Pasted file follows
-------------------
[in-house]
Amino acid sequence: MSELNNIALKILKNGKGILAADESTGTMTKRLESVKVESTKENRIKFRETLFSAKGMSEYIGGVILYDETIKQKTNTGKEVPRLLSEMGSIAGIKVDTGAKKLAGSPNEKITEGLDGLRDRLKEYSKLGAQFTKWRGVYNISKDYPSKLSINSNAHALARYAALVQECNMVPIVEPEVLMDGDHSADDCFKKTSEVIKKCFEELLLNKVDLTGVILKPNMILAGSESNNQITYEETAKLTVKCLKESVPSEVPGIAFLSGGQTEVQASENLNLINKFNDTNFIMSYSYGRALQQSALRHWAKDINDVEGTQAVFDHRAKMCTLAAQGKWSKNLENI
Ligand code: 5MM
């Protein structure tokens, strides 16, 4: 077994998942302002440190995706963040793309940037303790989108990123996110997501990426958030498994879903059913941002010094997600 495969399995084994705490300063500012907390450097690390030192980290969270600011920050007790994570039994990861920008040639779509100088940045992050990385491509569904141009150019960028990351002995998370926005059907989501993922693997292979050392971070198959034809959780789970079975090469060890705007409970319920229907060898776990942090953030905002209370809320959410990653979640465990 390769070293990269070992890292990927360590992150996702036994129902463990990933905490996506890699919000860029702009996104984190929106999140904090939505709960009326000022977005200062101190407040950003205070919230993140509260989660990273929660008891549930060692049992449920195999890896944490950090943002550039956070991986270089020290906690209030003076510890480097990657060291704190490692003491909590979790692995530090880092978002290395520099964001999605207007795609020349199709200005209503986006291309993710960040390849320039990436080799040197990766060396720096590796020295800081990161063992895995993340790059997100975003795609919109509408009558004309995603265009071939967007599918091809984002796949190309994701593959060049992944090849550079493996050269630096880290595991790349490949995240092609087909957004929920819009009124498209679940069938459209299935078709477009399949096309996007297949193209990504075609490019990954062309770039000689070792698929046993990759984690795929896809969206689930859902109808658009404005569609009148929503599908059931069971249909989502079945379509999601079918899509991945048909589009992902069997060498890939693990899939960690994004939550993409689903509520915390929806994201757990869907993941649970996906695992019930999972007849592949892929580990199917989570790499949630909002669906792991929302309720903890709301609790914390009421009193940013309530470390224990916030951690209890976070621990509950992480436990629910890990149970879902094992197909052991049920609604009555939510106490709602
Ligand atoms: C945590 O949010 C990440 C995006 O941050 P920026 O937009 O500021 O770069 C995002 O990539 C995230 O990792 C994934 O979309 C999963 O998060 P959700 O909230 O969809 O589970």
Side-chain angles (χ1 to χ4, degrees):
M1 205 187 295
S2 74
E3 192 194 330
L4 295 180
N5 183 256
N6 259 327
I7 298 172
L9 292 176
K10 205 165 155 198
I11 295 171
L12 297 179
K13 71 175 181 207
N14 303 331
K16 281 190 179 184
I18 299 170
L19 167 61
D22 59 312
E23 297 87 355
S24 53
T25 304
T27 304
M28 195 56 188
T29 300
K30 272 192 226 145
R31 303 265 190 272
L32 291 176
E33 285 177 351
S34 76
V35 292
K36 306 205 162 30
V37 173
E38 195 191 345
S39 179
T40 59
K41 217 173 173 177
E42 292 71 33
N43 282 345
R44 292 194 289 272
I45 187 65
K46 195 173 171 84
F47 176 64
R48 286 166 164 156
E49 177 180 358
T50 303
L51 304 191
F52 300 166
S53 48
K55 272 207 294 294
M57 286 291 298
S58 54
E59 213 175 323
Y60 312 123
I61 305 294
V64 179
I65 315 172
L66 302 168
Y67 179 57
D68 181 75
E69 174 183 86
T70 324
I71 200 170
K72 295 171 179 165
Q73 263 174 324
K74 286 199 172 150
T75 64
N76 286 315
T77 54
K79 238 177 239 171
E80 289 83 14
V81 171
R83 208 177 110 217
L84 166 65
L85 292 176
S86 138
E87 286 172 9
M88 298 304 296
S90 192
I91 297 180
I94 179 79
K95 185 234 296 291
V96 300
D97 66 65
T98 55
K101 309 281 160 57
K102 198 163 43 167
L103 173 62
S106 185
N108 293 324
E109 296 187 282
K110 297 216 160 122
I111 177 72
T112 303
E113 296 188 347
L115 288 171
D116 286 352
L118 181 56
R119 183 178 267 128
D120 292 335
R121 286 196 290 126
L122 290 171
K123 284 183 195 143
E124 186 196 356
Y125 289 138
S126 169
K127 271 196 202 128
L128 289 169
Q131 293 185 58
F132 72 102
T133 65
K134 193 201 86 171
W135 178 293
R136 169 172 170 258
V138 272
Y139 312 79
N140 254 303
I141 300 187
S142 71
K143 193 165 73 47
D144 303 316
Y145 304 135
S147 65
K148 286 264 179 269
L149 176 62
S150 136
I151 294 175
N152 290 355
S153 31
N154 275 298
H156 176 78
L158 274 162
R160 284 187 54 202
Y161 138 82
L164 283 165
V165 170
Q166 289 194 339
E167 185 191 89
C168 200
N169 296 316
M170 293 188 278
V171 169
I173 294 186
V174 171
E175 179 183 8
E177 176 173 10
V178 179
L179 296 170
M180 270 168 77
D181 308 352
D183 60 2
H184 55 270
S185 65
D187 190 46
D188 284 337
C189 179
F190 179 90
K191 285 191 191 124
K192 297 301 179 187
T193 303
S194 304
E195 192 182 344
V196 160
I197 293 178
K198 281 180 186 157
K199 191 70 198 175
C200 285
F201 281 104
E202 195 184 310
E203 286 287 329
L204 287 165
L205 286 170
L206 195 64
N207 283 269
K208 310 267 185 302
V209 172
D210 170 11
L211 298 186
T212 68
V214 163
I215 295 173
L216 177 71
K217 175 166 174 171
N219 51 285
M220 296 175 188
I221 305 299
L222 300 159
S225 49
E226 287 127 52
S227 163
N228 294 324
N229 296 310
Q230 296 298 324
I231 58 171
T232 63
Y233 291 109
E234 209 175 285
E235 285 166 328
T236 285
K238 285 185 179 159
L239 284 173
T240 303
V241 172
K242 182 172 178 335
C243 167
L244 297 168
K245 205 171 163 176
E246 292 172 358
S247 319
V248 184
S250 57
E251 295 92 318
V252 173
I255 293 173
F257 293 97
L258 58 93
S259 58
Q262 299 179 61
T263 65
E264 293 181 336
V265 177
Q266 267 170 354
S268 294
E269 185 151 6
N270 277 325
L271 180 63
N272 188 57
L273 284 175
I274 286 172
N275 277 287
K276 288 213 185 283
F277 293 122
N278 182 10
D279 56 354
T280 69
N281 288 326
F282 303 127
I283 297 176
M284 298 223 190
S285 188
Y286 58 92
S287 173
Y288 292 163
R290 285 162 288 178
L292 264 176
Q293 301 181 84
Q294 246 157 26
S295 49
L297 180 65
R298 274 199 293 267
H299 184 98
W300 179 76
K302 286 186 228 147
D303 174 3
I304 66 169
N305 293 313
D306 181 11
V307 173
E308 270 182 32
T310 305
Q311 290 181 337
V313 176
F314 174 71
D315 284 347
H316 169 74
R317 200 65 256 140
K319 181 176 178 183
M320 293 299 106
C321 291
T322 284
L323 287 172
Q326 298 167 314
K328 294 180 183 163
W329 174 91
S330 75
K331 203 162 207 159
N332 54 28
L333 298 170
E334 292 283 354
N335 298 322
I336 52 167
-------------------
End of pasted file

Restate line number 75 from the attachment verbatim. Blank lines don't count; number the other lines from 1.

E80 289 83 14